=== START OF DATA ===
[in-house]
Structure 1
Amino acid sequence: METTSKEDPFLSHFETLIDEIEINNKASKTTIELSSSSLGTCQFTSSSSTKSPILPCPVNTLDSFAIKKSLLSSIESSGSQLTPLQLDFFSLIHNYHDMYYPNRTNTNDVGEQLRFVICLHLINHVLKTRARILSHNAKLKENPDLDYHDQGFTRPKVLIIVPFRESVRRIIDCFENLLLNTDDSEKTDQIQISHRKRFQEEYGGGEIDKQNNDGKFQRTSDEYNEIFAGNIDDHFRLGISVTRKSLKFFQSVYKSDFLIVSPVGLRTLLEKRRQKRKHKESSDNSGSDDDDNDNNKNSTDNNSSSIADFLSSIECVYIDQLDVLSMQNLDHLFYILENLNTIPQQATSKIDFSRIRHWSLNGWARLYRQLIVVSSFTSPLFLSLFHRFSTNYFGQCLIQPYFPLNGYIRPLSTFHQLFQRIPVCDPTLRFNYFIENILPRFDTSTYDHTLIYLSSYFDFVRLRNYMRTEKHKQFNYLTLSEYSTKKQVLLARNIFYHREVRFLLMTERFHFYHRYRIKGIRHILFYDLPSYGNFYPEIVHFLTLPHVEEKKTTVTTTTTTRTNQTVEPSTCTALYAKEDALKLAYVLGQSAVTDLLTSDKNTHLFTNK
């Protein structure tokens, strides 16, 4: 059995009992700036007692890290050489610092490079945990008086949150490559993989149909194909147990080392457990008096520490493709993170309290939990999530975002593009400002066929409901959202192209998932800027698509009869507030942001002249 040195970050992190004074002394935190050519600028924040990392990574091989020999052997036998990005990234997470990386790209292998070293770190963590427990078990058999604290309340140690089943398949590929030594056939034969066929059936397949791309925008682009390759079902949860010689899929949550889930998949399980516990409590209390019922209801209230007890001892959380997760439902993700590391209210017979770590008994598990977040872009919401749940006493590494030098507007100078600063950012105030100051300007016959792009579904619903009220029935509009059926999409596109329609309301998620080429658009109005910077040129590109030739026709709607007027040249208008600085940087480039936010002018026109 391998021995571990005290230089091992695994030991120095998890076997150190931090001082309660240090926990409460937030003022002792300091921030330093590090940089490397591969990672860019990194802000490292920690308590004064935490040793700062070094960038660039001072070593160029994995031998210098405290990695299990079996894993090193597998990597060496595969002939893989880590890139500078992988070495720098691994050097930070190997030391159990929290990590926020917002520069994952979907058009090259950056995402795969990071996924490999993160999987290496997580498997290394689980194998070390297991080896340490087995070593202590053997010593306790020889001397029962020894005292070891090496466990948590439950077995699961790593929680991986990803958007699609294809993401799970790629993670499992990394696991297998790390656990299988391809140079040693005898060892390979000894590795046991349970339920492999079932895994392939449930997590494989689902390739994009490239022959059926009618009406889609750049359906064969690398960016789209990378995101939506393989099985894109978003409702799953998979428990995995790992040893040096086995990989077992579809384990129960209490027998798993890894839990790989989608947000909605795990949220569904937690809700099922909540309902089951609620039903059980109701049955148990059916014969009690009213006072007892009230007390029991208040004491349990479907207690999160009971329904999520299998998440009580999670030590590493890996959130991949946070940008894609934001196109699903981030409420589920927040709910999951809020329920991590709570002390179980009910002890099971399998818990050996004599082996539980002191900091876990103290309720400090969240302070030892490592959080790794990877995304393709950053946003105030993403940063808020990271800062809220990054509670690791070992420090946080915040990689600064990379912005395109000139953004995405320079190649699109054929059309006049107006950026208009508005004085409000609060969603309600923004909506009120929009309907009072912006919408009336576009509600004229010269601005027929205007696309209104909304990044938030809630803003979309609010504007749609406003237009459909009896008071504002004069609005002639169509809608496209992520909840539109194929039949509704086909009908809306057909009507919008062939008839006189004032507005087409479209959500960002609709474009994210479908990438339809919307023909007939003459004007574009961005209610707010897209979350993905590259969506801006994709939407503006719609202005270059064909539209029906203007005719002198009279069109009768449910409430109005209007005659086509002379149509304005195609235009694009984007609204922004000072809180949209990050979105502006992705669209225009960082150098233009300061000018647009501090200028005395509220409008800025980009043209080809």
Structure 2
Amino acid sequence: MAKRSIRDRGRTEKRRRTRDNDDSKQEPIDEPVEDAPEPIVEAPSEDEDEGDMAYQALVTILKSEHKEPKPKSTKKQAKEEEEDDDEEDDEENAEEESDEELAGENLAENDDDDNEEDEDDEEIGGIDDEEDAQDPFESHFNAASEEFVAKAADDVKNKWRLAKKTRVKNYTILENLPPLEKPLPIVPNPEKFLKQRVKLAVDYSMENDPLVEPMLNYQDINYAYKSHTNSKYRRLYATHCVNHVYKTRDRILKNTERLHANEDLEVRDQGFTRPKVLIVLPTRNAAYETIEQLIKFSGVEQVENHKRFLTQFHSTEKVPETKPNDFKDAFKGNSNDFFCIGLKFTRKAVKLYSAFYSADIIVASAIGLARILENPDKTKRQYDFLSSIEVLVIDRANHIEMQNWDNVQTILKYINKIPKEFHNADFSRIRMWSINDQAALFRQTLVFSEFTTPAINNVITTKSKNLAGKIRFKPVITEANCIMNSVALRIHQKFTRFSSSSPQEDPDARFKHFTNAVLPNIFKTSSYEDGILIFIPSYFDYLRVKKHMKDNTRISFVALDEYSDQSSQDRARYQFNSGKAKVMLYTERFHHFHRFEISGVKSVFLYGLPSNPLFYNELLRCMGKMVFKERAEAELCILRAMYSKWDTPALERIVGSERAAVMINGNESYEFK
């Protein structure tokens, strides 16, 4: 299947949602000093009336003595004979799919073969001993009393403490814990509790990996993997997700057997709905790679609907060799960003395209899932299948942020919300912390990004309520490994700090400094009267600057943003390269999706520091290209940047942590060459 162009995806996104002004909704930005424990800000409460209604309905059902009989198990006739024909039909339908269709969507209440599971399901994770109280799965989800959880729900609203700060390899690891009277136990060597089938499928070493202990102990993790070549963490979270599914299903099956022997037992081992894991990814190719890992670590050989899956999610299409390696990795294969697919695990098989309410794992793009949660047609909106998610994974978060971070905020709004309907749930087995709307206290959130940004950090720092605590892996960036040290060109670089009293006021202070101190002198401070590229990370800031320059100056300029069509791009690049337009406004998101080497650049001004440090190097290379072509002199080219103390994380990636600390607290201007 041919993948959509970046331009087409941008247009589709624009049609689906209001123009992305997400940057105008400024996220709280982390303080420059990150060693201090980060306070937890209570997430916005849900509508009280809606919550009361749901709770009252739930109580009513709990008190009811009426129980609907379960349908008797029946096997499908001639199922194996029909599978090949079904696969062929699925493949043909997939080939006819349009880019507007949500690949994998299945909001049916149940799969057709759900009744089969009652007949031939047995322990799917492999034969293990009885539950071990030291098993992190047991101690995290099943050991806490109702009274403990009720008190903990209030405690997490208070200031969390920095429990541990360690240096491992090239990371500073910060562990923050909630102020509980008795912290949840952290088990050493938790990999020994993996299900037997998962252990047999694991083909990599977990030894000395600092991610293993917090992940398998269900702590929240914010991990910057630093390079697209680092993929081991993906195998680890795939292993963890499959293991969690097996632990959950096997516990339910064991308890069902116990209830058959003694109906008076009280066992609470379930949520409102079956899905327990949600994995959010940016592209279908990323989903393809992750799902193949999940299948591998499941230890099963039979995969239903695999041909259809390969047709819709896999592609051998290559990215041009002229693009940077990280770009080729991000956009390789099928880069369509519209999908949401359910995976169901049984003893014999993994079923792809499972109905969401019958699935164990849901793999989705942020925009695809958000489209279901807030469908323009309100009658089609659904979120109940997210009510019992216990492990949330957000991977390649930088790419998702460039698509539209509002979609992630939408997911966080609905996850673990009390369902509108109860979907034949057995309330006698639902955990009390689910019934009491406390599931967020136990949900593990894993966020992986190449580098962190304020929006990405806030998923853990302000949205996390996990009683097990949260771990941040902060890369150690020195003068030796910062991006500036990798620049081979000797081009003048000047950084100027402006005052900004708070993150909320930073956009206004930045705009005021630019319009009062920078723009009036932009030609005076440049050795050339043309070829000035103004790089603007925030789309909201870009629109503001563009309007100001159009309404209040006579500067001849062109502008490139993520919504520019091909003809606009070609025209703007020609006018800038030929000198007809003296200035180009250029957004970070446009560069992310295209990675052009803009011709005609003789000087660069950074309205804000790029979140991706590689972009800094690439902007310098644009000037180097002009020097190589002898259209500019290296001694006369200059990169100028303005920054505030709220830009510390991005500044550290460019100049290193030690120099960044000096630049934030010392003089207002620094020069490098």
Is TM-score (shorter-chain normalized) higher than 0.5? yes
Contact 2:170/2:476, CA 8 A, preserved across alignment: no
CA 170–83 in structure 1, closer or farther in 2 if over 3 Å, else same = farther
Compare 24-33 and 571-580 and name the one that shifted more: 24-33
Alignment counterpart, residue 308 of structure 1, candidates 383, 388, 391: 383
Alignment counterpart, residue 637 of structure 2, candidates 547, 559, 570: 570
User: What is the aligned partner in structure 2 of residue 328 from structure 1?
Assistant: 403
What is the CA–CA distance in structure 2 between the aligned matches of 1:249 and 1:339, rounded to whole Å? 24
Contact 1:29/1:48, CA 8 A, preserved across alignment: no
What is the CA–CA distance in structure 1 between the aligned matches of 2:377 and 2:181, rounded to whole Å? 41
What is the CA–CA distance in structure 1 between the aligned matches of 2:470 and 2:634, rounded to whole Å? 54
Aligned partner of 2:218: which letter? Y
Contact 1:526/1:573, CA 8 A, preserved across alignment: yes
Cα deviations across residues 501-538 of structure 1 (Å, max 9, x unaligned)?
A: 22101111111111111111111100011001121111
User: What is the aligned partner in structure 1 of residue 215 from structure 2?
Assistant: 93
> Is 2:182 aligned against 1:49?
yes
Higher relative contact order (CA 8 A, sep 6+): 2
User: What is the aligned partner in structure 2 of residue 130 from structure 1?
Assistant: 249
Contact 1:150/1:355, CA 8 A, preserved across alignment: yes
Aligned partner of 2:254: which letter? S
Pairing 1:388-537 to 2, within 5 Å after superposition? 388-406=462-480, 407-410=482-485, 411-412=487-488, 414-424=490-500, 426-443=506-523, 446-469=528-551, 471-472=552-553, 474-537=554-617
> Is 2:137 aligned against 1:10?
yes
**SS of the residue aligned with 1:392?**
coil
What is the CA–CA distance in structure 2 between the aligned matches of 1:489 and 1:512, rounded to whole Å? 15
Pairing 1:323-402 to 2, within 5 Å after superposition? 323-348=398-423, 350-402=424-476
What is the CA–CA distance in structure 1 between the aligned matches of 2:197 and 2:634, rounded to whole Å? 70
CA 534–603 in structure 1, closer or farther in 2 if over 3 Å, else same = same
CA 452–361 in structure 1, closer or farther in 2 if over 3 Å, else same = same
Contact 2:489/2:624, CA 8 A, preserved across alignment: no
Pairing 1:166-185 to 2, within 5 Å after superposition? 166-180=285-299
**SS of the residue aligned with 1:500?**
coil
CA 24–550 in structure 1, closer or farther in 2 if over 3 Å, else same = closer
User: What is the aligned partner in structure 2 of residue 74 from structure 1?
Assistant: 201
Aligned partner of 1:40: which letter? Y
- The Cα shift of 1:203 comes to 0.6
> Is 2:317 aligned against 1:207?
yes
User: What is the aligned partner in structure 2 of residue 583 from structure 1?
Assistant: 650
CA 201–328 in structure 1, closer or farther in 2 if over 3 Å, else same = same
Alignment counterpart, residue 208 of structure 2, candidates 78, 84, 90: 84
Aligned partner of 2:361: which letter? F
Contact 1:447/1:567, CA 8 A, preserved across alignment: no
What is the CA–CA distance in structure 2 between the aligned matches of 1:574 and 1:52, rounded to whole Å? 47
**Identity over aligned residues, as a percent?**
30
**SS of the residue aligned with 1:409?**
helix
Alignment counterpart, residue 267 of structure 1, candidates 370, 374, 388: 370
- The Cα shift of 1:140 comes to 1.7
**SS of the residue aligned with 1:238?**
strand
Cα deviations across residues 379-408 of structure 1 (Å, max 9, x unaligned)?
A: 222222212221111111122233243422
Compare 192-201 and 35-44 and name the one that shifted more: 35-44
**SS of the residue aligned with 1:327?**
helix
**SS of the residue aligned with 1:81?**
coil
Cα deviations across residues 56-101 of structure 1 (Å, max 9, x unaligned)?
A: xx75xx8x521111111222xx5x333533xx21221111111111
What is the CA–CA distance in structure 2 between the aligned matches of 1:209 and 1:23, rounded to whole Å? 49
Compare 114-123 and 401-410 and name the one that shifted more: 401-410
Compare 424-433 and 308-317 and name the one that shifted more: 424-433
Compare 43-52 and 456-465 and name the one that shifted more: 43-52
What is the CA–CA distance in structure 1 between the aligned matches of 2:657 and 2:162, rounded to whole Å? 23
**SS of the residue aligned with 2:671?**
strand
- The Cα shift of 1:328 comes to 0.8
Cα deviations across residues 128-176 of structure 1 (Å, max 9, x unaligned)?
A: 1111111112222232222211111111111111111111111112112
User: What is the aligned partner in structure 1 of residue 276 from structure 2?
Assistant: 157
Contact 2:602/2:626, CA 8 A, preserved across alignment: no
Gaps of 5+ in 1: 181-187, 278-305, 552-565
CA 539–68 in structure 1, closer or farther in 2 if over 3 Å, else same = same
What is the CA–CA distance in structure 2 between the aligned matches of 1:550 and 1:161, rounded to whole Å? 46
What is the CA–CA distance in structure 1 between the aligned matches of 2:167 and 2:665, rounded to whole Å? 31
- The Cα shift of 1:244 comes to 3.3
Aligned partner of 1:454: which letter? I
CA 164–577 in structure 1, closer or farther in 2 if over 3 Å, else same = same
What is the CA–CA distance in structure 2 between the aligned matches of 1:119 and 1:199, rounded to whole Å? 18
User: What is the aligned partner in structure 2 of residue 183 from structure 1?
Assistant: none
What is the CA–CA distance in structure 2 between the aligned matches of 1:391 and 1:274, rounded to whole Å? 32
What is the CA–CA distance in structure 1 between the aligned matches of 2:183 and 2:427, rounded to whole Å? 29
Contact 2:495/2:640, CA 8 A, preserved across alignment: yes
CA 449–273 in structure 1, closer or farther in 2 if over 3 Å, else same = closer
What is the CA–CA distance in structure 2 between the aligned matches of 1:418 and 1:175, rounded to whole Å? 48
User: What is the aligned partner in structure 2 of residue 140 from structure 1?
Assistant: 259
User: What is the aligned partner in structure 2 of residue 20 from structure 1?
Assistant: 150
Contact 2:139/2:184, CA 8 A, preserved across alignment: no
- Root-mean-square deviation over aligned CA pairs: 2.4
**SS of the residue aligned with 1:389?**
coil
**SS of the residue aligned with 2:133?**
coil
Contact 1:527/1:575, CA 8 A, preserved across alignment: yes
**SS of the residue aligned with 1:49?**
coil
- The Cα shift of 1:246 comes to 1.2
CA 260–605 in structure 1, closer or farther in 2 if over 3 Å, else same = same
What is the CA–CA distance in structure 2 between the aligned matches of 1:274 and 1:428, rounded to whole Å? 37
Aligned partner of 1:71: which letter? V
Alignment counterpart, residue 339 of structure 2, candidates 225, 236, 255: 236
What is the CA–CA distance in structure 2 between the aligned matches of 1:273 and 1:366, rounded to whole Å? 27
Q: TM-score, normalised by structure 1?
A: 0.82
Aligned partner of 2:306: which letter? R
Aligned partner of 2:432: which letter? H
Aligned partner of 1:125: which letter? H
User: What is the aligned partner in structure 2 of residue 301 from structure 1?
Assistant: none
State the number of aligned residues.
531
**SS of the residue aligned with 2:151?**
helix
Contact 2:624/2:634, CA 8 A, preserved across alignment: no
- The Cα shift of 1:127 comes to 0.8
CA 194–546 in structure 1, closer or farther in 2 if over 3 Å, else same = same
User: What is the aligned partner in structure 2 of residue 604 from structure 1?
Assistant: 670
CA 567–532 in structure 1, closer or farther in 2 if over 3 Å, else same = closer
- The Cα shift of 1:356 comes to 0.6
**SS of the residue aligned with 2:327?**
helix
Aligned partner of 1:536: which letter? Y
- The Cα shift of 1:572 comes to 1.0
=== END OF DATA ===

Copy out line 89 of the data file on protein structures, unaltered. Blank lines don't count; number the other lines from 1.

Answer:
Assistant: 157